Assuming a homogeneous gas in the context of Kinetic Molecular Theory of gases, how does the root-mean-squared velocity relate to the average gas velocity in one dimension?

Nov 5, 2017

If you take the squared velocity in a certain direction $x$ and then average it over $N$ particles, you get the average squared velocity in the $x$ direction:

$\left\langle{v}_{x}^{2}\right\rangle = \frac{1}{N} {\sum}_{i = 1}^{N} {v}_{i x}^{2} = \frac{{v}_{1 x}^{2} + {v}_{2 x}^{2} + . . . + {v}_{N x}^{2}}{N}$

For an homogeneous gas, its motion is isotropic, so that

$\left\langle{v}_{x}^{2}\right\rangle = \left\langle{v}_{y}^{2}\right\rangle = \left\langle{v}_{z}^{2}\right\rangle$,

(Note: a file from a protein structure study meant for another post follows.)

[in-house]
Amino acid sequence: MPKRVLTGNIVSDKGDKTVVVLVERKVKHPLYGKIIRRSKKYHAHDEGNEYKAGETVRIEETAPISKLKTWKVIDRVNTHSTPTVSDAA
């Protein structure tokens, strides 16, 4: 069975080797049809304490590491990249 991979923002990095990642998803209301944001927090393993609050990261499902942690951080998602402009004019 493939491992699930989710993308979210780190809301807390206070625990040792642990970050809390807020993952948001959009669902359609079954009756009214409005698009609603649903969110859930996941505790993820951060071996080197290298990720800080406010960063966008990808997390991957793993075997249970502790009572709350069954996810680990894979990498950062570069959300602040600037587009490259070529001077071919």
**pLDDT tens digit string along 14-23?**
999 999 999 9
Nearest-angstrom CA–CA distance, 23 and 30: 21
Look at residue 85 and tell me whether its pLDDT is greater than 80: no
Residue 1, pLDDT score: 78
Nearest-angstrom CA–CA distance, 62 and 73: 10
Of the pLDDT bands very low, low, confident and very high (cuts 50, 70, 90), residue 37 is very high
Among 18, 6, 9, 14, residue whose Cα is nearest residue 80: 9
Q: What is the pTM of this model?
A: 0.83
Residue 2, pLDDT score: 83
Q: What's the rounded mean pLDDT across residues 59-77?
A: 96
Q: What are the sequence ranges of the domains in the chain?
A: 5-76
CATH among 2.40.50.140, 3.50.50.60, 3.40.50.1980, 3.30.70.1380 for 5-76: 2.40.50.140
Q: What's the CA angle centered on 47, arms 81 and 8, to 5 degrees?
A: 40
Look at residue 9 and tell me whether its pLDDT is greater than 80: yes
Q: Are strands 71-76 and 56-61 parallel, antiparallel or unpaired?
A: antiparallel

and thus,

$\left\langle{v}^{2}\right\rangle = \left\langle{v}_{x}^{2}\right\rangle + \left\langle{v}_{y}^{2}\right\rangle + \left\langle{v}_{z}^{2}\right\rangle$

$= 3 \left\langle{v}_{x}^{2}\right\rangle$

If you then take the square root of $\left\langle{v}^{2}\right\rangle$, the average of the squared velocity in a radial direction, you get the root-mean-square (RMS) speed for gases.

${v}_{R M S} = \sqrt{\left\langle{v}^{2}\right\rangle}$

For gases that follow the Maxwell-Boltzmann Distribution, this is given by:

${v}_{R M S} = \sqrt{\frac{3 R T}{M}}$

where $R = \text{8.314472 J/mol"cdot"K}$ and $T$ is temperature in $\text{K}$. $M$ is the molar mass in $\text{kg/mol}$.

The function of ${v}_{R M S}$ is to express the average velocity of a gas while also factoring out the dependence of $v$ on sign due to gases changing direction.